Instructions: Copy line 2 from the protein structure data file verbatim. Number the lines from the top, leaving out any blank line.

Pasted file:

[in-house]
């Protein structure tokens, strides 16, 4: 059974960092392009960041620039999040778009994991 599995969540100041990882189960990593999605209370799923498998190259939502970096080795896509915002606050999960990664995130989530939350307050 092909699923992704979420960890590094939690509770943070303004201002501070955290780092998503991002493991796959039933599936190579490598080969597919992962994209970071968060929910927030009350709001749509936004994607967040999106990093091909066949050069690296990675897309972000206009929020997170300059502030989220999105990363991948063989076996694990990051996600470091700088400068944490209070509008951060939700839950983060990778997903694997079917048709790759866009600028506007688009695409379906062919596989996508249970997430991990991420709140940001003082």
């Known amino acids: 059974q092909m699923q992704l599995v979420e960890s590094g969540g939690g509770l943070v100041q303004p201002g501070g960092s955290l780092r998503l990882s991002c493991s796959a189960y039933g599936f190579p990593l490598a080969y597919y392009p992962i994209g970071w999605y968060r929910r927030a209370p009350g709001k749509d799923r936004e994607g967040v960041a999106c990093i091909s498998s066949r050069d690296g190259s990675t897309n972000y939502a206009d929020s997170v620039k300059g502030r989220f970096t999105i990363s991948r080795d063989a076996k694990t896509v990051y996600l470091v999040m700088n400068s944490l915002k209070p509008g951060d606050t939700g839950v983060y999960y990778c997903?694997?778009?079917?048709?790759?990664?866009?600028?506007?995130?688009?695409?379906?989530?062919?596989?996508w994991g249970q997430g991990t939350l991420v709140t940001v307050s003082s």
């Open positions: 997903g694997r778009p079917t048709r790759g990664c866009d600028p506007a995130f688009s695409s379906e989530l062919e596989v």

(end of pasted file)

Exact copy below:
């Protein structure tokens, strides 16, 4: 059974960092392009960041620039999040778009994991 599995969540100041990882189960990593999605209370799923498998190259939502970096080795896509915002606050999960990664995130989530939350307050 092909699923992704979420960890590094939690509770943070303004201002501070955290780092998503991002493991796959039933599936190579490598080969597919992962994209970071968060929910927030009350709001749509936004994607967040999106990093091909066949050069690296990675897309972000206009929020997170300059502030989220999105990363991948063989076996694990990051996600470091700088400068944490209070509008951060939700839950983060990778997903694997079917048709790759866009600028506007688009695409379906062919596989996508249970997430991990991420709140940001003082």